Hi Bruce. We don’t have a tractor, or even a mower. We moved in a few months ago and only have a weed whacker we inherited (for now). We are working on getting a no turn or an atv with brush hog or mower attachment… but our property is a steep hill, so we’re not sure how useful any of that would be. Thats why we initially wanted goats as brush/weed control (not knowing the property was a lot of unmunchables like foxtail and burrs.Seems like if you mow early and often the sprouted foxtail generating plants will have to die off because they won't ever go to seed. Shouldn't take more than a season or two?? Do you have a tractor with a flail or rotary cutter?
I’m in el dorado county, near Auburn. It seems like the small patches of Clover push out the foxtails pretty well, and keep things low to the ground. The goats don’t eat the clover, though, but they don’t eat the foxtail either and there’s plenty of other forage for them. We have very little water in this area, so something drought tolerant would be great.About the foxtails: We got a mask for our dog, from OutFox, online, that covers the dogs entire head and keeps out foxtails. It is fantastic. Before we got it we would have 3-4 trips to the vet with sedation to remove foxtails from the nose or ears, now we have had none for years. Bennie sniffs the ground intently, so just mowing was not enough to keep him safe.
That blasted foxtail barley does come back shorter after mowing so mowing early will not do much, and weed whacking will distribute the seeds everywhere. Mowing when the bottom of the seed head has turned yellow but the seeds are still firmly attached and then picking it up and composting to reduce the seed load will help. When replacing with native grasses beware of the needle grasses! Their awns are just as problematic. Also native grasses have a hard time competing with foxtails. I would look for anything that grows well here and is unproblematic for livestock. To compete with foxtails it has to come up early and grow fast so it shades the ground where foxtail seeds lie. The wild oat grasses around here do a good job with that, but they also have somewhat annoying awns, nowhere near as bad as foxtail barley or the needle grasses though… Where in Northern California are you? We are in Sonoma County. Nightly brushing and paw checks and the mask are our routine, until the first rains turn things green again.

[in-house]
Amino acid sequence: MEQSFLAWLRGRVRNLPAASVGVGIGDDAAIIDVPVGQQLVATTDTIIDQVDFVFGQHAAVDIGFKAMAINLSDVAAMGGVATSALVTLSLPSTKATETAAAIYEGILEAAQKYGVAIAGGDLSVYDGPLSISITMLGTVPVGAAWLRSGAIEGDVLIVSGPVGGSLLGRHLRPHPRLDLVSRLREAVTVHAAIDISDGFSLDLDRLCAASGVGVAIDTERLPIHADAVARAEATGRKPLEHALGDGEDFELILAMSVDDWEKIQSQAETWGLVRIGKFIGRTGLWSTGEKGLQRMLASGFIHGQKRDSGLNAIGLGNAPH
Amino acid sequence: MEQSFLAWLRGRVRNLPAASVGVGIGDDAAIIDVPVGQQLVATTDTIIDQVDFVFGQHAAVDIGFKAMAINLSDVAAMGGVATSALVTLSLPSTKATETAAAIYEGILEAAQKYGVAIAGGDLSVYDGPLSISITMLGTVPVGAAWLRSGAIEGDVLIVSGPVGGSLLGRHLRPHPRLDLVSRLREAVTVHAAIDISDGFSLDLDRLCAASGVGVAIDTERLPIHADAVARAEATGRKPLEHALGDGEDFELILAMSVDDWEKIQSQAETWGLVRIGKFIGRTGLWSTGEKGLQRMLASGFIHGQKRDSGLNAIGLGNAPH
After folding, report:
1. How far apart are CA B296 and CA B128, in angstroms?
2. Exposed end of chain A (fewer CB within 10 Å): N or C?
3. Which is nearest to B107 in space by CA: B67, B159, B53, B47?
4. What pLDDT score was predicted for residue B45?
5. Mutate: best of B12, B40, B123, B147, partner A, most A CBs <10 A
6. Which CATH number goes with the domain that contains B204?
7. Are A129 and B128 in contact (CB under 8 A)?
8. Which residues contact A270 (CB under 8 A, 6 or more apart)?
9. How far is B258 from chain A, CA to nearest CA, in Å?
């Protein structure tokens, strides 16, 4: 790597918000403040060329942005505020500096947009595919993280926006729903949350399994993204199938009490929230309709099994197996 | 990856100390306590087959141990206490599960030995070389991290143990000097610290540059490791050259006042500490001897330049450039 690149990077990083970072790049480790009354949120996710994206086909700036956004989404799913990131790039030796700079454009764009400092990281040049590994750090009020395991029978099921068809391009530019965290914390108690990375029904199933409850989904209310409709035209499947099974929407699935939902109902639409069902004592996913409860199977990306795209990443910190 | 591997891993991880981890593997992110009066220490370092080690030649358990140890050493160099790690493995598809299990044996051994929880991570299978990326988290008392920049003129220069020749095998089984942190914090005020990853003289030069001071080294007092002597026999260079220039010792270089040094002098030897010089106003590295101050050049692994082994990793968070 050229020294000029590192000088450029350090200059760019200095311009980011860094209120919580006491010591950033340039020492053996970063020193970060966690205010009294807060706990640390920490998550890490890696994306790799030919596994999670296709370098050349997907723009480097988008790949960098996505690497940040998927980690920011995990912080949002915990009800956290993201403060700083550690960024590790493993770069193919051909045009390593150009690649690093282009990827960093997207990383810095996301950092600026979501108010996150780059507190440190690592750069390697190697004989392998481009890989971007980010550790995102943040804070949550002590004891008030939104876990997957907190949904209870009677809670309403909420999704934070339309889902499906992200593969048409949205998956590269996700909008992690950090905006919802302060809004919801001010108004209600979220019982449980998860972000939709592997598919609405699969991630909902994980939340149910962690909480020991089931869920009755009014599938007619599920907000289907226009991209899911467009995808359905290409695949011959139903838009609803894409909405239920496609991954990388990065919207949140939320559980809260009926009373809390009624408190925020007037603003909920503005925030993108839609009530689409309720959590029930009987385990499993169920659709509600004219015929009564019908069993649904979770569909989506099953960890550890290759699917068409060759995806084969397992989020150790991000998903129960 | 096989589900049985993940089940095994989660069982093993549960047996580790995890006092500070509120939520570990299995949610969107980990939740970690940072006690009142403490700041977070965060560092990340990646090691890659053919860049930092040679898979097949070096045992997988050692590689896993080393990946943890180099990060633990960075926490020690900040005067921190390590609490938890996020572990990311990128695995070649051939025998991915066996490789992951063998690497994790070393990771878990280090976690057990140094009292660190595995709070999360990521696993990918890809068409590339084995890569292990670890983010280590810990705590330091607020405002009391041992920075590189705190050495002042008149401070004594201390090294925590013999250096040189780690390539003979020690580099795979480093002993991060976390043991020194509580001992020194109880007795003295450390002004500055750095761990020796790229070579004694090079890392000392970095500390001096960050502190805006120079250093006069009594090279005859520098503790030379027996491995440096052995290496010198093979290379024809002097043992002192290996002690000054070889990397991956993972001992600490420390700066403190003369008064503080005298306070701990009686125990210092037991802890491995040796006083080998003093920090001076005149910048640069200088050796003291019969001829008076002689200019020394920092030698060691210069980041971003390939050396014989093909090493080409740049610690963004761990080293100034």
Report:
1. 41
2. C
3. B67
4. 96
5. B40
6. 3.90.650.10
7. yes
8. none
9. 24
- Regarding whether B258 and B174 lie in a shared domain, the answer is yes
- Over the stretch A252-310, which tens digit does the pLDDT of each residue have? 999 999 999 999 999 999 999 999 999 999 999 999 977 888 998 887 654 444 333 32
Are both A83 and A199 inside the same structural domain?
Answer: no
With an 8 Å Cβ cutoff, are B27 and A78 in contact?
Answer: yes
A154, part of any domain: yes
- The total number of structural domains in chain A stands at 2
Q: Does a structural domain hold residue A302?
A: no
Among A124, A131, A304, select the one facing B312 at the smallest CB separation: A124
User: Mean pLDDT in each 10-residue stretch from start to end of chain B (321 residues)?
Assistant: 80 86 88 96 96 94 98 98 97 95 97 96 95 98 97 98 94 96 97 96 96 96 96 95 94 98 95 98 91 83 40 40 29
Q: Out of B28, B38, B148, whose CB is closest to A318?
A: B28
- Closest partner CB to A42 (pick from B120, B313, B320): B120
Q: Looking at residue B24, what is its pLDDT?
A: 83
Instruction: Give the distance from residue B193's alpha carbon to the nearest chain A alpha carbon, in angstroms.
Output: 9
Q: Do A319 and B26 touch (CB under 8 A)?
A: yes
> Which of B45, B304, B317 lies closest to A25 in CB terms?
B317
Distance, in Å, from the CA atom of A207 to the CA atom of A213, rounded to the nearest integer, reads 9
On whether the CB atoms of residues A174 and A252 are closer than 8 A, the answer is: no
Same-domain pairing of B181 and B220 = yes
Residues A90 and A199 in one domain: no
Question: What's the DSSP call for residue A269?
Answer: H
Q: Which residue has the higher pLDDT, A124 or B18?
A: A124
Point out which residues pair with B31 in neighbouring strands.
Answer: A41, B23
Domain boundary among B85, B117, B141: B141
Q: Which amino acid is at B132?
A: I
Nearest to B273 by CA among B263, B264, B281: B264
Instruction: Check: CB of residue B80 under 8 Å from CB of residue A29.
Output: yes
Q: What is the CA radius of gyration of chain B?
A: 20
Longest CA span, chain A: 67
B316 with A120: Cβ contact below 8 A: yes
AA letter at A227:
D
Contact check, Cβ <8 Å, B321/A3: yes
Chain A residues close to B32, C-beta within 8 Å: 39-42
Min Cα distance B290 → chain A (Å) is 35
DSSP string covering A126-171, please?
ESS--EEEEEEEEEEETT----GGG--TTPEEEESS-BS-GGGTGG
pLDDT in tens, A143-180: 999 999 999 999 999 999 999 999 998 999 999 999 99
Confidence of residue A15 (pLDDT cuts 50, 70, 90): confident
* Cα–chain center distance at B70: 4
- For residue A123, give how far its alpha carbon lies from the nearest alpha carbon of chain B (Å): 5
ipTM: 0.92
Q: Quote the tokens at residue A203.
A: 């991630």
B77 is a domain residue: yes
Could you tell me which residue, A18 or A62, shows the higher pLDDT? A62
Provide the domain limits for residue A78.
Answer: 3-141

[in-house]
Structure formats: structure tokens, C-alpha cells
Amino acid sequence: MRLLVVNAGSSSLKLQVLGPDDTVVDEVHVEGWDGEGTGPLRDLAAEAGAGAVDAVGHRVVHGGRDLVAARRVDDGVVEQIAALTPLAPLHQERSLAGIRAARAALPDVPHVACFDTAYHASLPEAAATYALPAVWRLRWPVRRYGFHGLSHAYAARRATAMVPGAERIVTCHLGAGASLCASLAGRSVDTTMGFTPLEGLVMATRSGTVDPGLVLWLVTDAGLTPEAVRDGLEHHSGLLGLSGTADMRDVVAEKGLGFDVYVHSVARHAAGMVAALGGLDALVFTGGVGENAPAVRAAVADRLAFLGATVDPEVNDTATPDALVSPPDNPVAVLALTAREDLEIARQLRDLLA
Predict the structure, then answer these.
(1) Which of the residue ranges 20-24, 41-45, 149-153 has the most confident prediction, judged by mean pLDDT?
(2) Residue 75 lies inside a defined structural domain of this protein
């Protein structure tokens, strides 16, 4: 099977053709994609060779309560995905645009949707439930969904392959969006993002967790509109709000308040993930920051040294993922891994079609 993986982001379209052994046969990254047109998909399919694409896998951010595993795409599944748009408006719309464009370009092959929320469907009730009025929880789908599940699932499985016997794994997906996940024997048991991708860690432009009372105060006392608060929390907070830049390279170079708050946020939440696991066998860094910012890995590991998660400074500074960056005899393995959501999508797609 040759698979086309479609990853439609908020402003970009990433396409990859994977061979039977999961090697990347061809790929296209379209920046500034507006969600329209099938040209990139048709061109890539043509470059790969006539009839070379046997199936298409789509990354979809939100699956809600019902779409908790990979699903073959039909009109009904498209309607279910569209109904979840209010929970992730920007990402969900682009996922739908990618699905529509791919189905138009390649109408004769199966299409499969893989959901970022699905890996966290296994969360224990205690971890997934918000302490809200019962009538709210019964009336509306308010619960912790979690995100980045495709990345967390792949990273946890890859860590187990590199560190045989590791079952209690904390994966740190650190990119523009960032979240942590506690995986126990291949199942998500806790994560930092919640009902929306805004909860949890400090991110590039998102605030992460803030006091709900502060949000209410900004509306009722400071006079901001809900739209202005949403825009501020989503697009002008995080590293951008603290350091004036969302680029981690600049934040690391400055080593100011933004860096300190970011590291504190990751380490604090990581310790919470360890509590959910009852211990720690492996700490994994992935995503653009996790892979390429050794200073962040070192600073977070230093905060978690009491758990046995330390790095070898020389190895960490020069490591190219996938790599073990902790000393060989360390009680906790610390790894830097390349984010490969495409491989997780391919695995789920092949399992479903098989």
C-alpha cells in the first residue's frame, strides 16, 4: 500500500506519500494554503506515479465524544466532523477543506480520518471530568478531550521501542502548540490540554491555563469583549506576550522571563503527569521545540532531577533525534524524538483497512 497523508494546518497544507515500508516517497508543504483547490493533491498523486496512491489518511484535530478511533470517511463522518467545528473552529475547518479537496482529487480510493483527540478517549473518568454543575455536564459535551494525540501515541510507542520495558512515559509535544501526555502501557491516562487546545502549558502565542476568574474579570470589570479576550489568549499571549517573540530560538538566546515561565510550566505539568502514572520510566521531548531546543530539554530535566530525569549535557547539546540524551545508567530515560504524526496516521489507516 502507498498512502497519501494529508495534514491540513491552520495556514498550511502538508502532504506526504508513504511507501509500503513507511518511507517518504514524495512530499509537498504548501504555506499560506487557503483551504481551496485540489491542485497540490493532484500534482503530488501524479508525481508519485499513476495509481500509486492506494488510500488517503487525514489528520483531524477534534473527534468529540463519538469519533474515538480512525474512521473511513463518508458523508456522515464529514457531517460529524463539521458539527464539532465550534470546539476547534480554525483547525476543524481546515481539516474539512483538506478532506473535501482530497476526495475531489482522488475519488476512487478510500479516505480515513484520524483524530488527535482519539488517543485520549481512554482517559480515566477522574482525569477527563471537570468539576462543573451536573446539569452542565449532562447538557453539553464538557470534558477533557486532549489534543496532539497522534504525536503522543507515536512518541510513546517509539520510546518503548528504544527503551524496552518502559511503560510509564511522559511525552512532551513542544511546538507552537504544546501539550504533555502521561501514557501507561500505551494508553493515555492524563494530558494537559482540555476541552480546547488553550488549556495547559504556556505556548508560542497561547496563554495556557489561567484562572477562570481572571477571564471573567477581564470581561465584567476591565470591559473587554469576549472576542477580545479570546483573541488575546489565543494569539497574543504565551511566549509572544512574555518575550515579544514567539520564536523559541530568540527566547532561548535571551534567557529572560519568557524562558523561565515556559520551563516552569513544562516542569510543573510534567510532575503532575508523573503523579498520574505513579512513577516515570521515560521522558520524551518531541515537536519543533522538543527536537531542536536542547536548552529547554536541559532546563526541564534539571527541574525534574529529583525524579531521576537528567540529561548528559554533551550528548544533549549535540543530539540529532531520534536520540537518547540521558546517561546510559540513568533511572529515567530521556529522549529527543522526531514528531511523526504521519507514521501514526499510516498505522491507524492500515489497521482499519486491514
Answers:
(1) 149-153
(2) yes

One would think, but these things make seedheads even directly on the ground, if you cut them over and over while still green. So you end up with plants too short to mow. Also they are perennial in California, coming back from the crown. Seeds stay viable for a very long time and tilling makes things worse, because it brings more seeds to the surface where they can sprout. It’s really awful stuff and all you can do is: pull out when still green or mow just before seeds are mature (only works if rains stopped a while earlier and soil is nice and dry, so there can’t be any regrowth that seasons) and remove the cut plants (or sow something that germinates earlier and grows faster than foxtail barley to keep it from coming up in the first place. Not sure what that would be though).Seems like if you mow early and often the sprouted foxtail generating plants will have to die off because they won't ever go to seed. Shouldn't take more than a season or two?? Do you have a tractor with a flail or rotary cutter?
Do you know what kind of clover? We have lots of burr clover (of course! ), but our sheep like it very much, so it’s becoming less of a problem. Most burr and sticker producing weeds around here (hedge parsley, velcro weed, burr clover and stork’s bill) can be easily managed with mowing and composting. It’s just the blasted foxtails that keep coming back.I’m in el dorado county, near Auburn. It seems like the small patches of Clover push out the foxtails pretty well, and keep things low to the ground. The goats don’t eat the clover, though, but they don’t eat the foxtail either and there’s plenty of other forage for them. We have very little water in this area, so something drought tolerant would be great.
I’ve looked into the Outfox, but I was hesistant to believe that the pup would keep it on for any length of time, as she has a keen ability for destruction. Maybe I will order it and give it a try anyway. The foxtails seem like less of a problem lately and the hitchhikers, goats head, and burrs are worse. If we walk through the pasture, she’s just an insane mess within seconds. The goats are completely unaffected. Has anyone tried horse show-sheen (that real slippery stuff) to keep burrs off?
Only, you’re not allowed to burn anything…If you have steep slopes my understanding is that a zero turn isn't for you. They do make gas powered rotary mowers you can pull with an ATV if you already have one or a garden tractor (though the latter would have a mowing deck). I can't even imagine string trimming 5 acres!!!!!
OK, here is an off the wall thought. They make baggers that attach to sub compact mower decks. I wonder if you could rent same for a day so when you mow all the foxtails would get sucked up rather than just tossed on the ground? Then you could dump them in a fire pit and burn the damn things.
Yeah, I meant “you” as in “one”, not you personally, of course! The OP is in Auburn, CA, not all that far from me. It’s bone dry here, we have wildfires daily and one can’t get a burn permit at all during the dry season.I don't know about YOU but *I* am allowed to burn brush. Just need to let the fire department know and make sure it is a non wind day and has rained recently. Or there is snow on the ground, no sparks light anything then.